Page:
This weir, a place in a stream where a wall controls the flow of water, measures stream flow and dissolved chemical exports from Watershed 3 at the Hubbard Brook Experimental Forest in New Hampshire, where the research took place (photo credit: JP Gannon).
In a paper published in the Proceedings of the National Academy of Sciences, McGuire working with a team from the Hubbard Brook Ecosystem Study found clear evidence of nitrogen loss through denitrification in isolated shallow groundwater patches in a small watershed. The findings were somewhat of a surprise because denitrification has been so difficult to measure at Hubbard Brook even though deposition and export relationships suggested that denitrification may have been a factor in the decline of nitrate concentrations observed in streamwater. The paper significance statement and abstract are below. The paper is also available now in PNAS early edition.
Denitrification is the most poorly understood process in the terrestrial N cycle. As a result, terrestrial N budgets are wildly unbalanced and our ability to address global nitrogen pollution is fundamentally constrained. Denitrification is controlled by multiple factors, often exhibiting extraordinary variation in time and space, especially in terrestrial environments. Temperate forests regularly receive much larger inputs of precipitation N than they export in streamwater. The fate of the rest has been elusive. We present stable isotope measurements revealing extensive evidence of denitrification from temper- ate-forest shallow groundwater in midsummer, even as concurrent measurements of streamwater show little sign of denitrification. These measurements support the importance of a disputed nitrogen removal process and its occurrence at a previously missed time and location.
Despite decades of measurements, the nitrogen balance of tem- perate forest catchments remains poorly understood. Atmospheric nitrogen deposition often greatly exceeds streamwater nitrogen losses; the fate of the remaining nitrogen is highly uncertain. Gaseous losses of nitrogen to denitrification are especially poorly documented and are often ignored. Here, we provide isotopic evidence (δ15NNO3 and δ18ONO3) from shallow groundwater at the Hubbard Brook Experimental Forest indicating extensive denitrification during midsummer, when transient, perched patches of saturation developed in hillslopes, with poor hydrological connectivity to the stream, while streamwater showed no isotopic evidence of denitrification. During small rain events, precipitation directly contributed up to 34% of streamwater nitrate, which was otherwise produced by nitrification. Together, these measurements reveal the importance of denitrification in hydrologically disconnected patches of shallow groundwater during midsummer as largely overlooked control points for nitrogen loss from temperate forest catchments.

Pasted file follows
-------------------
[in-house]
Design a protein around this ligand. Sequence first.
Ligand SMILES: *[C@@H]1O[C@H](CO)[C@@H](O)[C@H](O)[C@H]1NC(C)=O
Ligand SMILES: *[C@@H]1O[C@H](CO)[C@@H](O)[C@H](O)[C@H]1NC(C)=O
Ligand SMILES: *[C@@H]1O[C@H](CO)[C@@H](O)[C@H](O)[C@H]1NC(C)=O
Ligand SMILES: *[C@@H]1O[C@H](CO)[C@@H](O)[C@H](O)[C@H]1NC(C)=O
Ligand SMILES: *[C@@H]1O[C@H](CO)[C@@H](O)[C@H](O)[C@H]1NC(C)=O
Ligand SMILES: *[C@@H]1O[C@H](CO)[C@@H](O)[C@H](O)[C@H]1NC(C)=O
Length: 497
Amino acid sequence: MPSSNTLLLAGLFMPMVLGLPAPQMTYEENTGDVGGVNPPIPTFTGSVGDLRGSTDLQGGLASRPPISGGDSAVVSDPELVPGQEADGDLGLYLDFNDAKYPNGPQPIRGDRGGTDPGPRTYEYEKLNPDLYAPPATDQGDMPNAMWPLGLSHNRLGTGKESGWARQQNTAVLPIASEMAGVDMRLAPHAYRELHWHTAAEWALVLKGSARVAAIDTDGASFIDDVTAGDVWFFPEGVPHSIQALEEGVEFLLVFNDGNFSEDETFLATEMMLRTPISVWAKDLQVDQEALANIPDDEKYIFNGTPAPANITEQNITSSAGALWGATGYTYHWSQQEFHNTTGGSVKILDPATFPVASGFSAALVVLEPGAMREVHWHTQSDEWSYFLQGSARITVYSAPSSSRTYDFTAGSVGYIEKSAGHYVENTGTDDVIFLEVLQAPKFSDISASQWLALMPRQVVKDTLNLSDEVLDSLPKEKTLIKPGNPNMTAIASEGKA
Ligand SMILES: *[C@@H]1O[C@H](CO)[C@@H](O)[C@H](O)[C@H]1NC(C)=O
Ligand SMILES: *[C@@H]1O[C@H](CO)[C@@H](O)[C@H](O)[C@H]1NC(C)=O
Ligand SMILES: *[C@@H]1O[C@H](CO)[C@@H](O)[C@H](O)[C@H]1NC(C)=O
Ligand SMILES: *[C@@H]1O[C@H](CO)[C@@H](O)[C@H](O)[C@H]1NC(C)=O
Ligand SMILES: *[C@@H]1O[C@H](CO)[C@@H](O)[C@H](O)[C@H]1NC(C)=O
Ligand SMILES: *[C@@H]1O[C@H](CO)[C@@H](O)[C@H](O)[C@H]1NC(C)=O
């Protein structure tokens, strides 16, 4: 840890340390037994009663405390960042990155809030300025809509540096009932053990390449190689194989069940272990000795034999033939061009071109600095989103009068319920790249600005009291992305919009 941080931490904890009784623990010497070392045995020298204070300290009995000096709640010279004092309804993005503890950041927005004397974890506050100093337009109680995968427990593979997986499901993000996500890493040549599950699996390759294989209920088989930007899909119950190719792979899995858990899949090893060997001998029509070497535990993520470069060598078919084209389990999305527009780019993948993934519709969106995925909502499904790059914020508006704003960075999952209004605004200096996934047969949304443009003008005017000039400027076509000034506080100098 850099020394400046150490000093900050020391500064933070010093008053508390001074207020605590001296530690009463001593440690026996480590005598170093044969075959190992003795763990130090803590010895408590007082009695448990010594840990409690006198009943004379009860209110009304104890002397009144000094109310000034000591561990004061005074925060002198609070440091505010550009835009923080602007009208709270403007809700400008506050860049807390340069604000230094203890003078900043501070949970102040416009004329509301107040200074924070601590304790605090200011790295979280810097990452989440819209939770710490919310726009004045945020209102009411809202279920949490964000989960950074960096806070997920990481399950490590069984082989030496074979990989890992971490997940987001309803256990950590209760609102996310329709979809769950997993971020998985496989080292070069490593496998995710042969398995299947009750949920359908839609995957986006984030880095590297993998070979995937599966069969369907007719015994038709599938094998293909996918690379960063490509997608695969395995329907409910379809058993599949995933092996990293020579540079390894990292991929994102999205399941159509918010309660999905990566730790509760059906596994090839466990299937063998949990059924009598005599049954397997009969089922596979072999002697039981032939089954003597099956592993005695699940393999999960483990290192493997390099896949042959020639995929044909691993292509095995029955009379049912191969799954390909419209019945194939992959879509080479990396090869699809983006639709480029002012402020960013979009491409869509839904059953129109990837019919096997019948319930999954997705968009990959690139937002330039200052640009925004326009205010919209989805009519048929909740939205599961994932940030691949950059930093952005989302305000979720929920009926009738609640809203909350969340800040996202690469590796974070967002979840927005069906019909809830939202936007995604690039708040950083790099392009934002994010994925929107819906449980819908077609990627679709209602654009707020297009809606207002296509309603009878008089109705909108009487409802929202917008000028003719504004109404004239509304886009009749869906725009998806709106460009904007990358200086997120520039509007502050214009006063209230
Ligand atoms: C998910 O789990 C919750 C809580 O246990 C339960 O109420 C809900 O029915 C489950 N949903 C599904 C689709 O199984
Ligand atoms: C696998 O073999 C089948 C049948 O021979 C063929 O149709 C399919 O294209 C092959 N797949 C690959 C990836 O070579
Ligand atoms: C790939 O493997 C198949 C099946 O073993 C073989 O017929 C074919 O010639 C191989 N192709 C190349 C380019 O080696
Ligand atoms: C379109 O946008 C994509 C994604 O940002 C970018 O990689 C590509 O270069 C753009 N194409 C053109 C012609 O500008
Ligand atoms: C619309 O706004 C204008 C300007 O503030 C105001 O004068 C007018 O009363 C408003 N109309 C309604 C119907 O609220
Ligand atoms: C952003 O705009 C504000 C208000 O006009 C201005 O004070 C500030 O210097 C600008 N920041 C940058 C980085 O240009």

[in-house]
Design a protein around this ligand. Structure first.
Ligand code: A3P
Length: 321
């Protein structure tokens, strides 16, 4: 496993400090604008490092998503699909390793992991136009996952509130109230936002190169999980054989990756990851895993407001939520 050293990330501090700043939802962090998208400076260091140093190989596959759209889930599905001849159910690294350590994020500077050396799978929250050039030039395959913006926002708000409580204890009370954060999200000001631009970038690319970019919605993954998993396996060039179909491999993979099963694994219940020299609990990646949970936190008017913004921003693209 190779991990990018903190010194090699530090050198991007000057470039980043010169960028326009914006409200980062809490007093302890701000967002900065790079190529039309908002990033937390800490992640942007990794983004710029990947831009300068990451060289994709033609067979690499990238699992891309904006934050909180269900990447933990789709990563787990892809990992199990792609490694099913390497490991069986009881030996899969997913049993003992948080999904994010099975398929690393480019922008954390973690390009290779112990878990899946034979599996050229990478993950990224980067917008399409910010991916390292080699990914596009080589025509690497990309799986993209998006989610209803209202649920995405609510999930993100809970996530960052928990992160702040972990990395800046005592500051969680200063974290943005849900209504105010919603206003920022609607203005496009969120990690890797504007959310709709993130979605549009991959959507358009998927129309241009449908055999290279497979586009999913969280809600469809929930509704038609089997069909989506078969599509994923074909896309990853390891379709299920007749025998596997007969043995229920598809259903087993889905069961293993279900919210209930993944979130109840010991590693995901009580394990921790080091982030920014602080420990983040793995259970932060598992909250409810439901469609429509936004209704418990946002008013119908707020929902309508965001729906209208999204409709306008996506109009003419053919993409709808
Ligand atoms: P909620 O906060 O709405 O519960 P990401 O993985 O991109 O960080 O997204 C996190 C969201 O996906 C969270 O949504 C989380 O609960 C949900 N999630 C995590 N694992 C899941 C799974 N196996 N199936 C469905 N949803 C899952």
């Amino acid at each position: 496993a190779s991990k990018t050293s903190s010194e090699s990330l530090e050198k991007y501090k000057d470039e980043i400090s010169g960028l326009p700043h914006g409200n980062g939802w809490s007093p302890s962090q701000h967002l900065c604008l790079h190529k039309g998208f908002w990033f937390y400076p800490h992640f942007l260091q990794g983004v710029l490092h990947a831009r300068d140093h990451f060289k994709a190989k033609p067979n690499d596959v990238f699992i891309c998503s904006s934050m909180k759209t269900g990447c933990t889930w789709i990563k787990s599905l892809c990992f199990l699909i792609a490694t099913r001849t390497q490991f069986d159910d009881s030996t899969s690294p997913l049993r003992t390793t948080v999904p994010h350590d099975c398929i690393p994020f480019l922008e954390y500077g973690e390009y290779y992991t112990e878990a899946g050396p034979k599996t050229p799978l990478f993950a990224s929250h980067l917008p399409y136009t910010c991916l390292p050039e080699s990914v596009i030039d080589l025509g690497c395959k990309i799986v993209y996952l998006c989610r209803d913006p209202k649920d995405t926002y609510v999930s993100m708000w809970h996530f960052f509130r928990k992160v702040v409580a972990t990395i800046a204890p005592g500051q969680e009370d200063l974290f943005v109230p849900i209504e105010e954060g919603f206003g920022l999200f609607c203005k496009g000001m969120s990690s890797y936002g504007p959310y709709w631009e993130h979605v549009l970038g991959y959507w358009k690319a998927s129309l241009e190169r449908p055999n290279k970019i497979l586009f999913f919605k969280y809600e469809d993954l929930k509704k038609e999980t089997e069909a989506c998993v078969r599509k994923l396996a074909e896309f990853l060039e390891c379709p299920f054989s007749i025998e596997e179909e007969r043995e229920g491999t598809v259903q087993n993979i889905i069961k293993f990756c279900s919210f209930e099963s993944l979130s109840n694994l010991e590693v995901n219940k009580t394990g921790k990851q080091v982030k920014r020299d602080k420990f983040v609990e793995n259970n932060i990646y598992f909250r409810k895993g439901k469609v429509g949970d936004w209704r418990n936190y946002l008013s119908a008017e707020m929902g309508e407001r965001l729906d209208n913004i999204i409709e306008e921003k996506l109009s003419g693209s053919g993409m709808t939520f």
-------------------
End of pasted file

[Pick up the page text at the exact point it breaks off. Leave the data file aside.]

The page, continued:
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The Cornell Chronicle
A new Ph.D. student, Ray Lee, joined our lab this week. Ray recently completed his M.S. at San Diego State University in geography and studied environmental and resource economics and philosophy during his undergraduate program at UC-Davis. Ray will be working on a project based at the Coweeta Hydrologic Lab in North Carolina. Welcome to Blacksburg!
JP Gannon had a paper accepted this week in Water Resources Research titled “Organizing groundwater regimes and response thresholds by soils: A framework for understanding runoff generation in a headwater catchment.”
Here’s the abstract: A network of shallow groundwater wells in a headwater catchment at the Hubbard Brook Experimental Forest in New Hampshire, USA was used to investigate the hydrologic behavior of five distinct soil morphological units. The soil morphological units were hypothesized to be indicative of distinct water table regimes. Water table fluctuations in the wells were characterized by their median and interquartile range of depth, proportion of time water table was present in the solum, and storage-discharge behavior of subsurface flow. Statistically significant differences in median, interquartile range, and presence of water table were detected among soil units. Threshold responses were identified in storage-discharge relationships of subsurface flow, with thresholds varying among soil units. These results suggest that soil horizonation is indicative of distinct groundwater flow regimes. The spatial distribution of water table across the catchment showed variably connected/disconnected active areas of runoff generation in the solum. The spatial distribution of water table and therefore areas contributing to stormflow is complex and changes depending on catchment storage.